Every year, we produce a board report on grantee outcomes. Generally, 10-15% of grantees do not meet their intended outcomes and reasons can vary. This year, however, we saw a consistent theme for outcomes not being met – staff turnover. As a result, grantees did not meet their outcomes, and more importantly, clients did not receive services during the turnover. To prevent your organization from facing the same issue, here are four things you can do to survive and thrive during staff transitions.

1. Create Emergency Back-Up Plans for All Staff. Each staff member at The Trust has an Emergency Back Up plan. This is a list of all the major business activities for that staff member, when and how often they occur, who will fulfill that role in a short-term absence, and who will fulfill that role in a long-term absence. We update these annually, and we review them together as a team so we all know what will happen in the event of a colleague’s absence. This also allows us to identify training opportunities that colleagues may need to execute these tasks. They are all stored on our shared drive where we can access and review them at any time.

These plans also explain whether a current staff member or a contract employee will take on the absent colleague’s work. Our staff is small, and we may not have the capacity to take on the additional work of a colleague, depending on the length of the absence. In some cases, we already had a contract employee on standby, which was a necessity as we planned for Catherine’s maternity leave and Jennifer’s sabbatical. We use an outsourced CPA and, while we don’t expect her to have an extended absence, we have already interviewed and selected another CPA who could step in if she was unavailable. This type of planning may be helpful to organizations with critical contract positions or staff that is unable to take on additional work during an extended staff absence.

2. Save Passwords. Once a quarter, every staff member prints a spreadsheet that includes all of her log-in information for business-related accounts. We seal them in an envelope, sign the seal and lock the passwords in a safe. The passwords remain in the safe and are only referenced when an absence necessitates it. For instance, our servers went down a few years ago while the staff member responsible for the servers was out of town. Instead of bothering him on vacation, we were able to access his passwords to log into the server and reboot it ourselves.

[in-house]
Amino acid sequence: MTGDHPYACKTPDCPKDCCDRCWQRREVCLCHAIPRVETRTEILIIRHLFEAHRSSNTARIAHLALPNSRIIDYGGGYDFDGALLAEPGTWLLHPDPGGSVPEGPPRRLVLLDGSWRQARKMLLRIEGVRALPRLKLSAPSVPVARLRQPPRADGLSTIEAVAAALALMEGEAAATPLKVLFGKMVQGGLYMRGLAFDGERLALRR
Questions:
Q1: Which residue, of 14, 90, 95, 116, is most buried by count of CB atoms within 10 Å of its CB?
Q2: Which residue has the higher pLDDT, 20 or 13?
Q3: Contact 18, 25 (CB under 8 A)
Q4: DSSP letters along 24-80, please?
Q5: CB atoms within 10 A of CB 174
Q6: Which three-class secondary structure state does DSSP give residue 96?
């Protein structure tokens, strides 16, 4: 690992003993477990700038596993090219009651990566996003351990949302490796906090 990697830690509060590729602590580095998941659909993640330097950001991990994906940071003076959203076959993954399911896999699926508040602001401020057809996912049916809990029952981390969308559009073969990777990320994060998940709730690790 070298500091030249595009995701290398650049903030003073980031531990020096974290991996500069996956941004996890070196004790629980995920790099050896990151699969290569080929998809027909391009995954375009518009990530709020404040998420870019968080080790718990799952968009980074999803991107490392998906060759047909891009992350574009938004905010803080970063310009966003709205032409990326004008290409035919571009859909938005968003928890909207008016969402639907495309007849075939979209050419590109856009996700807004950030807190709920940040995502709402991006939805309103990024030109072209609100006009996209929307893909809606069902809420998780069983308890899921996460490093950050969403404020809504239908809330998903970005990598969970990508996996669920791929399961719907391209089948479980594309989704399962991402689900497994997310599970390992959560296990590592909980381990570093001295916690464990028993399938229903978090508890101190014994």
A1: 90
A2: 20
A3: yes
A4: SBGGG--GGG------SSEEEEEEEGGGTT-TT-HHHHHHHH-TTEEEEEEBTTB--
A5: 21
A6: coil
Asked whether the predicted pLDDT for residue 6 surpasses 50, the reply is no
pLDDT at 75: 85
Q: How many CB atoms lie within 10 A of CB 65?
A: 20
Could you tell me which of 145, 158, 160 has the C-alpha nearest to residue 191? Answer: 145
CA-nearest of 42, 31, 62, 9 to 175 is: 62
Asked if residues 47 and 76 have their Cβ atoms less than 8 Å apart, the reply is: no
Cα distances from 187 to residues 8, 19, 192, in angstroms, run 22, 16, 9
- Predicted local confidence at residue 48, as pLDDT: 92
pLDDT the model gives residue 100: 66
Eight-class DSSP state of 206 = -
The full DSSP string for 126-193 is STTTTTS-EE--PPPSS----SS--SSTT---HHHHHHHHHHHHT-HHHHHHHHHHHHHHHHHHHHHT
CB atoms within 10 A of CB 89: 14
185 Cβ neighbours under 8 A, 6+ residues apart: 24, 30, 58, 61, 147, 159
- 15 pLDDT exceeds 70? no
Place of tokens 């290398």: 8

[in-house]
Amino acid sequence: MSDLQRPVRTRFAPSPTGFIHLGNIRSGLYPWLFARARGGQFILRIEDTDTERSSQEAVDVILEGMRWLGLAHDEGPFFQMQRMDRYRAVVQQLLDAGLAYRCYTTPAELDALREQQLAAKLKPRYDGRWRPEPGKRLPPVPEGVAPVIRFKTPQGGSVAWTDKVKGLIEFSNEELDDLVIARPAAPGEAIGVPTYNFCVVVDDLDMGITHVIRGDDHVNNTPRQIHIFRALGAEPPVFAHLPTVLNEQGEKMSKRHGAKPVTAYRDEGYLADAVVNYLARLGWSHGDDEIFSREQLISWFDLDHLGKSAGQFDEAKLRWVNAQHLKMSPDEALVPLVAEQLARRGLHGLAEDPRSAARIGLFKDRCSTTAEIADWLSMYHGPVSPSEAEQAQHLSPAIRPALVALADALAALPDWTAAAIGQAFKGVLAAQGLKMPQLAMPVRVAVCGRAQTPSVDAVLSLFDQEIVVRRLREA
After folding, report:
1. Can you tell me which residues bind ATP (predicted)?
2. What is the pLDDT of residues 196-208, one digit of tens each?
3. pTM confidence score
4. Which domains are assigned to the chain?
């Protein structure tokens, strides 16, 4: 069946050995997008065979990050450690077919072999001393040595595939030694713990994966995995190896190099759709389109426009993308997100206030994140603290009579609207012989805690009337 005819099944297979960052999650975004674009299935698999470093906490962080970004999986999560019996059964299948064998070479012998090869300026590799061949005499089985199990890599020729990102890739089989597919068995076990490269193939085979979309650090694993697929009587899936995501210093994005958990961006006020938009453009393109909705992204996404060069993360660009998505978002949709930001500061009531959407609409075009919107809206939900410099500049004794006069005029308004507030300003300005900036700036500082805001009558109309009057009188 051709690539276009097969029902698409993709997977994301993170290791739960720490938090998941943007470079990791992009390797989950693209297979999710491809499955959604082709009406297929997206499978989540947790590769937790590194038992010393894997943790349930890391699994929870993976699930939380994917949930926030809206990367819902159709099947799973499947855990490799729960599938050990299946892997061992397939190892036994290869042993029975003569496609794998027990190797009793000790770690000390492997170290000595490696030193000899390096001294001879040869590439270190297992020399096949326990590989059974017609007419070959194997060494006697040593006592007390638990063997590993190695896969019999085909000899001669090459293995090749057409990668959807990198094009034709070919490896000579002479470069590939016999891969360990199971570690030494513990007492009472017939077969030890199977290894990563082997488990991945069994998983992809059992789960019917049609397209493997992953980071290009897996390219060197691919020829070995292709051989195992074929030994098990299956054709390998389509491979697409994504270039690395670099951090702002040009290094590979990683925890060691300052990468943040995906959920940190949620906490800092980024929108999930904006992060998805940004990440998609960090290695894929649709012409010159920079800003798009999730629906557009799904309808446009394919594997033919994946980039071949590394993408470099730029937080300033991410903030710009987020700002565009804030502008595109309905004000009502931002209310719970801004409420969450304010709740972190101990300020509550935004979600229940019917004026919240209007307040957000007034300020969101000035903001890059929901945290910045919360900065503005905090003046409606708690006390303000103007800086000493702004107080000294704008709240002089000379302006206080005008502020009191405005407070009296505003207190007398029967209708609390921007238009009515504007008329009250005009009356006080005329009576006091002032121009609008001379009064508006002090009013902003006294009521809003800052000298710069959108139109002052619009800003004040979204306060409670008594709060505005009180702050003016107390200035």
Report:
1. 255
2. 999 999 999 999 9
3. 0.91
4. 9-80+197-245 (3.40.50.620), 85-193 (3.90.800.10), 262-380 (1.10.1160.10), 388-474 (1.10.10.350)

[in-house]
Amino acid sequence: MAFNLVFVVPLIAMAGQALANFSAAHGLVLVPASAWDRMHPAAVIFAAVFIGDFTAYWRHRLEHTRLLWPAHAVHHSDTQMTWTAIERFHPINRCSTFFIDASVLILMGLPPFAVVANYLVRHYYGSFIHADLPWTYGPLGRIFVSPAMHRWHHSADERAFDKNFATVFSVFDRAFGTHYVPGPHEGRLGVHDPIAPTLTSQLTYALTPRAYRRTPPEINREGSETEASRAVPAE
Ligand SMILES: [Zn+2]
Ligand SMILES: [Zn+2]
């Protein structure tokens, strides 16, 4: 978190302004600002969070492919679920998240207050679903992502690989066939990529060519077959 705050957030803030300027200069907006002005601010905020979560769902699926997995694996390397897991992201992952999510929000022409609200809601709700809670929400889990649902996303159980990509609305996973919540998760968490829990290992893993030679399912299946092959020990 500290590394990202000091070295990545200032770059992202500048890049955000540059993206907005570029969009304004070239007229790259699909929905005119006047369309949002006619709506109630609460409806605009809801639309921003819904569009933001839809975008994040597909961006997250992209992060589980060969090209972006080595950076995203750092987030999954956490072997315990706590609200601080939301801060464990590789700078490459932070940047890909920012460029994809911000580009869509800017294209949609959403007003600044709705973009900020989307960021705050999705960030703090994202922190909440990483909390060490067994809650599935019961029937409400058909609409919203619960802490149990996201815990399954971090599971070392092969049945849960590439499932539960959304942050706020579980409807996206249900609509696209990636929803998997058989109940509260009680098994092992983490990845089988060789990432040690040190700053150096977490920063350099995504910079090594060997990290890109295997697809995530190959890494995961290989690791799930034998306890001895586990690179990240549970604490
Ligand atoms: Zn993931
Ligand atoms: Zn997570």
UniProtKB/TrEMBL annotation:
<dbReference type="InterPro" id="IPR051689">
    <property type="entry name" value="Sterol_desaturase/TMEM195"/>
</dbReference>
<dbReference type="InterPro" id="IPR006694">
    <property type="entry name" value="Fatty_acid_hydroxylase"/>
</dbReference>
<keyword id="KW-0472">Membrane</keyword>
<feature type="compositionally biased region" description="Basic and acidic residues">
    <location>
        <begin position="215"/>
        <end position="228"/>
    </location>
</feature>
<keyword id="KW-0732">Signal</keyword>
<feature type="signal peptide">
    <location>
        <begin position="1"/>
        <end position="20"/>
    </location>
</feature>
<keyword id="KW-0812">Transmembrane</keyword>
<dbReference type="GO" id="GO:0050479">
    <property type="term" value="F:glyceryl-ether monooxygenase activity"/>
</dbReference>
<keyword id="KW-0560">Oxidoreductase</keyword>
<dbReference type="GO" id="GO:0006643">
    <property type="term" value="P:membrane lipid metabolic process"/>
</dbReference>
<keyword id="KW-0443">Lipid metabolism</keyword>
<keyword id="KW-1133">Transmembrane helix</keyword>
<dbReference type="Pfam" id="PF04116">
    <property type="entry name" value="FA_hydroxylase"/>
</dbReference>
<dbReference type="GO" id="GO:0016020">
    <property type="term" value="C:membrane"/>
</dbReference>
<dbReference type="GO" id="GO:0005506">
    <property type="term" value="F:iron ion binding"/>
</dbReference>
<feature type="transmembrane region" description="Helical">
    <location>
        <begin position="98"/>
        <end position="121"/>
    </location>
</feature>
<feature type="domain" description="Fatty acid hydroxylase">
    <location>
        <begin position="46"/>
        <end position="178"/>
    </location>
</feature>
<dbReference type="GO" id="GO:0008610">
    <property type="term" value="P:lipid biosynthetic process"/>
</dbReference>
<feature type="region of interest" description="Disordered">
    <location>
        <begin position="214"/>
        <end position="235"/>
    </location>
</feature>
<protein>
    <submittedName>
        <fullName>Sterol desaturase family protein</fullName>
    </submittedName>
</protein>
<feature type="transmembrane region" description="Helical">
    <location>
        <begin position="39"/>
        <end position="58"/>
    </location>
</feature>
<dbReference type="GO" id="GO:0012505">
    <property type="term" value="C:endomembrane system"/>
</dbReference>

3. Document Business Practices. Our major business practices are documented with step-by-step instructions to ensure consistency and to allow staff members to step in when needed. (Hint: creating and updating these instructions is a great project for an intern!) We have detailed instructions for our grant process, financial processes, and board processes. Most are printed and stored physically in the event of technical issues, as well as stored on a shared drive electronically so that we can all access them when needed.

4. Create Succession Plans. Succession plans aren’t just for leadership. Every staff member has a documented succession plan. While a succession plan includes the emergency back-up plan, it is more comprehensive. The succession plan also includes the job description, an annual calendar of key events for that staff person, and a list and contact information for key people who should be notified about the staff departure. It also explains who will have authority until the role is filled and how the organization will fill the role. Like the emergency back up plans, we review and update them annually, store them on a shared drive for easy access, and discuss them as a team. Examples and templates are provided in the links below.

Putting these systems in place will help ensure continuity of services to clients and provide professional development opportunities as team members learn new skills and take on responsibilities during staff absences. These systems also support a self-care culture by allowing absent employees the opportunity to completely step away without being concerned about the work that they are leaving behind or being contacted about work-related issues. Following these steps will help your organization continue to meet its mission despite staff transition.

These two resources include templates you can modify for succession and emergency back-up plans:

Nonprofit Executive Succession Planning Toolkit from Federal Reserve Bank of Kansas City

Leading Transitions: Executive Transition Toolkits and Overview 

Meredith Benton is the Senior Program Officer at The Healing Trust.